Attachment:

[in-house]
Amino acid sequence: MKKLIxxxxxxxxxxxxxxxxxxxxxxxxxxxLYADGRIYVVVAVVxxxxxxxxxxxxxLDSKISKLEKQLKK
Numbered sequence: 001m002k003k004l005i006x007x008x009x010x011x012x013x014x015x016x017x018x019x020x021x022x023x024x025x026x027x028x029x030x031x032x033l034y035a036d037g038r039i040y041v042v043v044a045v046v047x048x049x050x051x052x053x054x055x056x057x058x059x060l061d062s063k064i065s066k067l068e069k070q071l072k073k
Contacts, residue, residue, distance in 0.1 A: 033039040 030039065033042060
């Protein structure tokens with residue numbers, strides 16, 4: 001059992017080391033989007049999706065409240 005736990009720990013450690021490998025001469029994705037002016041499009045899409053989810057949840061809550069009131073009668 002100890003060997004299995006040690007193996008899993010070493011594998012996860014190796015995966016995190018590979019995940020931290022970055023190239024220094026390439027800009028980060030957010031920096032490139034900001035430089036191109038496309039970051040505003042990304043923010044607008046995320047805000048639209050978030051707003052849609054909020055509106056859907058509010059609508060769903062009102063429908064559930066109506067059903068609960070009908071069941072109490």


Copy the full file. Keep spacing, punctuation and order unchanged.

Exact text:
[in-house]
Amino acid sequence: MKKLIxxxxxxxxxxxxxxxxxxxxxxxxxxxLYADGRIYVVVAVVxxxxxxxxxxxxxLDSKISKLEKQLKK
Numbered sequence: 001m002k003k004l005i006x007x008x009x010x011x012x013x014x015x016x017x018x019x020x021x022x023x024x025x026x027x028x029x030x031x032x033l034y035a036d037g038r039i040y041v042v043v044a045v046v047x048x049x050x051x052x053x054x055x056x057x058x059x060l061d062s063k064i065s066k067l068e069k070q071l072k073k
Contacts, residue, residue, distance in 0.1 A: 033039040 030039065033042060
């Protein structure tokens with residue numbers, strides 16, 4: 001059992017080391033989007049999706065409240 005736990009720990013450690021490998025001469029994705037002016041499009045899409053989810057949840061809550069009131073009668 002100890003060997004299995006040690007193996008899993010070493011594998012996860014190796015995966016995190018590979019995940020931290022970055023190239024220094026390439027800009028980060030957010031920096032490139034900001035430089036191109038496309039970051040505003042990304043923010044607008046995320047805000048639209050978030051707003052849609054909020055509106056859907058509010059609508060769903062009102063429908064559930066109506067059903068609960070009908071069941072109490």